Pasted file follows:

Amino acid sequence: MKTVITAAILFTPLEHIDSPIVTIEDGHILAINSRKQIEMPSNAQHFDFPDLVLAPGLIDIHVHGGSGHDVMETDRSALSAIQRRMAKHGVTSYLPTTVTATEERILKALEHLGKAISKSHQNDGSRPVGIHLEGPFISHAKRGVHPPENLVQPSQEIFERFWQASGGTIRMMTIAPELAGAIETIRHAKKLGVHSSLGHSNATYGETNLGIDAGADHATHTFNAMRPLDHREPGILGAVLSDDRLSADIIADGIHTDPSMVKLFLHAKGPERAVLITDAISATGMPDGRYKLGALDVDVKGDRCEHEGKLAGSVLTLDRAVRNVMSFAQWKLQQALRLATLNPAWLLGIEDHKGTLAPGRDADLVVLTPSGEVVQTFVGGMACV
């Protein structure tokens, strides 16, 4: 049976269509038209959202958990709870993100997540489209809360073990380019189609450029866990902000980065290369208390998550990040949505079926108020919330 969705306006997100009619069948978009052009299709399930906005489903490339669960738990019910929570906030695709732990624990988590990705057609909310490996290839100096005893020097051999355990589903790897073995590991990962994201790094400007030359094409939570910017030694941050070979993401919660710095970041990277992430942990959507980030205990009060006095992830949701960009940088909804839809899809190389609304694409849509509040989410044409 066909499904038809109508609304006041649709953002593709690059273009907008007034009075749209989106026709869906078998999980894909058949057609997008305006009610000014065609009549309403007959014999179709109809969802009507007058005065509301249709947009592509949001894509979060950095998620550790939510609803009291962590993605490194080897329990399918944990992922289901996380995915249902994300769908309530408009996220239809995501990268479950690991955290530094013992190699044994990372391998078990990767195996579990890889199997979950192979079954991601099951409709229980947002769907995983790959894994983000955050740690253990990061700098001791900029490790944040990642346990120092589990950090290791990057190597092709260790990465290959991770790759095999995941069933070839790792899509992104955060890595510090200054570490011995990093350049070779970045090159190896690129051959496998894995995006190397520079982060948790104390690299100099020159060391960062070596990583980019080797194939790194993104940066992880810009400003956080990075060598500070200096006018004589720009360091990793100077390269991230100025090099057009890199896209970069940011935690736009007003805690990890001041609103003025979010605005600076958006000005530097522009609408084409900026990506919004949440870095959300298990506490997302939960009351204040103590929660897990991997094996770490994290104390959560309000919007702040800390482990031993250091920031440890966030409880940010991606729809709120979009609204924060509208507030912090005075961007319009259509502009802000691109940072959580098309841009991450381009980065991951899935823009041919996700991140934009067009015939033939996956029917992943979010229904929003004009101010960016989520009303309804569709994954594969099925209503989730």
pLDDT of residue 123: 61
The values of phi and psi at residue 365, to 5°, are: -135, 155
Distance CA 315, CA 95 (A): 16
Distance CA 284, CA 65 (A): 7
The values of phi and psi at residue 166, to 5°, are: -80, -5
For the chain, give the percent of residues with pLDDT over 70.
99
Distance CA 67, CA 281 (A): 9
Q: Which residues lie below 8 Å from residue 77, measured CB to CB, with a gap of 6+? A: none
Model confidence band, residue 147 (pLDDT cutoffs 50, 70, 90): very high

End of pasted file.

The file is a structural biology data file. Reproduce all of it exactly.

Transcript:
Amino acid sequence: MKTVITAAILFTPLEHIDSPIVTIEDGHILAINSRKQIEMPSNAQHFDFPDLVLAPGLIDIHVHGGSGHDVMETDRSALSAIQRRMAKHGVTSYLPTTVTATEERILKALEHLGKAISKSHQNDGSRPVGIHLEGPFISHAKRGVHPPENLVQPSQEIFERFWQASGGTIRMMTIAPELAGAIETIRHAKKLGVHSSLGHSNATYGETNLGIDAGADHATHTFNAMRPLDHREPGILGAVLSDDRLSADIIADGIHTDPSMVKLFLHAKGPERAVLITDAISATGMPDGRYKLGALDVDVKGDRCEHEGKLAGSVLTLDRAVRNVMSFAQWKLQQALRLATLNPAWLLGIEDHKGTLAPGRDADLVVLTPSGEVVQTFVGGMACV
């Protein structure tokens, strides 16, 4: 049976269509038209959202958990709870993100997540489209809360073990380019189609450029866990902000980065290369208390998550990040949505079926108020919330 969705306006997100009619069948978009052009299709399930906005489903490339669960738990019910929570906030695709732990624990988590990705057609909310490996290839100096005893020097051999355990589903790897073995590991990962994201790094400007030359094409939570910017030694941050070979993401919660710095970041990277992430942990959507980030205990009060006095992830949701960009940088909804839809899809190389609304694409849509509040989410044409 066909499904038809109508609304006041649709953002593709690059273009907008007034009075749209989106026709869906078998999980894909058949057609997008305006009610000014065609009549309403007959014999179709109809969802009507007058005065509301249709947009592509949001894509979060950095998620550790939510609803009291962590993605490194080897329990399918944990992922289901996380995915249902994300769908309530408009996220239809995501990268479950690991955290530094013992190699044994990372391998078990990767195996579990890889199997979950192979079954991601099951409709229980947002769907995983790959894994983000955050740690253990990061700098001791900029490790944040990642346990120092589990950090290791990057190597092709260790990465290959991770790759095999995941069933070839790792899509992104955060890595510090200054570490011995990093350049070779970045090159190896690129051959496998894995995006190397520079982060948790104390690299100099020159060391960062070596990583980019080797194939790194993104940066992880810009400003956080990075060598500070200096006018004589720009360091990793100077390269991230100025090099057009890199896209970069940011935690736009007003805690990890001041609103003025979010605005600076958006000005530097522009609408084409900026990506919004949440870095959300298990506490997302939960009351204040103590929660897990991997094996770490994290104390959560309000919007702040800390482990031993250091920031440890966030409880940010991606729809709120979009609204924060509208507030912090005075961007319009259509502009802000691109940072959580098309841009991450381009980065991951899935823009041919996700991140934009067009015939033939996956029917992943979010229904929003004009101010960016989520009303309804569709994954594969099925209503989730």
pLDDT of residue 123: 61
The values of phi and psi at residue 365, to 5°, are: -135, 155
Distance CA 315, CA 95 (A): 16
Distance CA 284, CA 65 (A): 7
The values of phi and psi at residue 166, to 5°, are: -80, -5
For the chain, give the percent of residues with pLDDT over 70.
99
Distance CA 67, CA 281 (A): 9
Q: Which residues lie below 8 Å from residue 77, measured CB to CB, with a gap of 6+? A: none
Model confidence band, residue 147 (pLDDT cutoffs 50, 70, 90): very high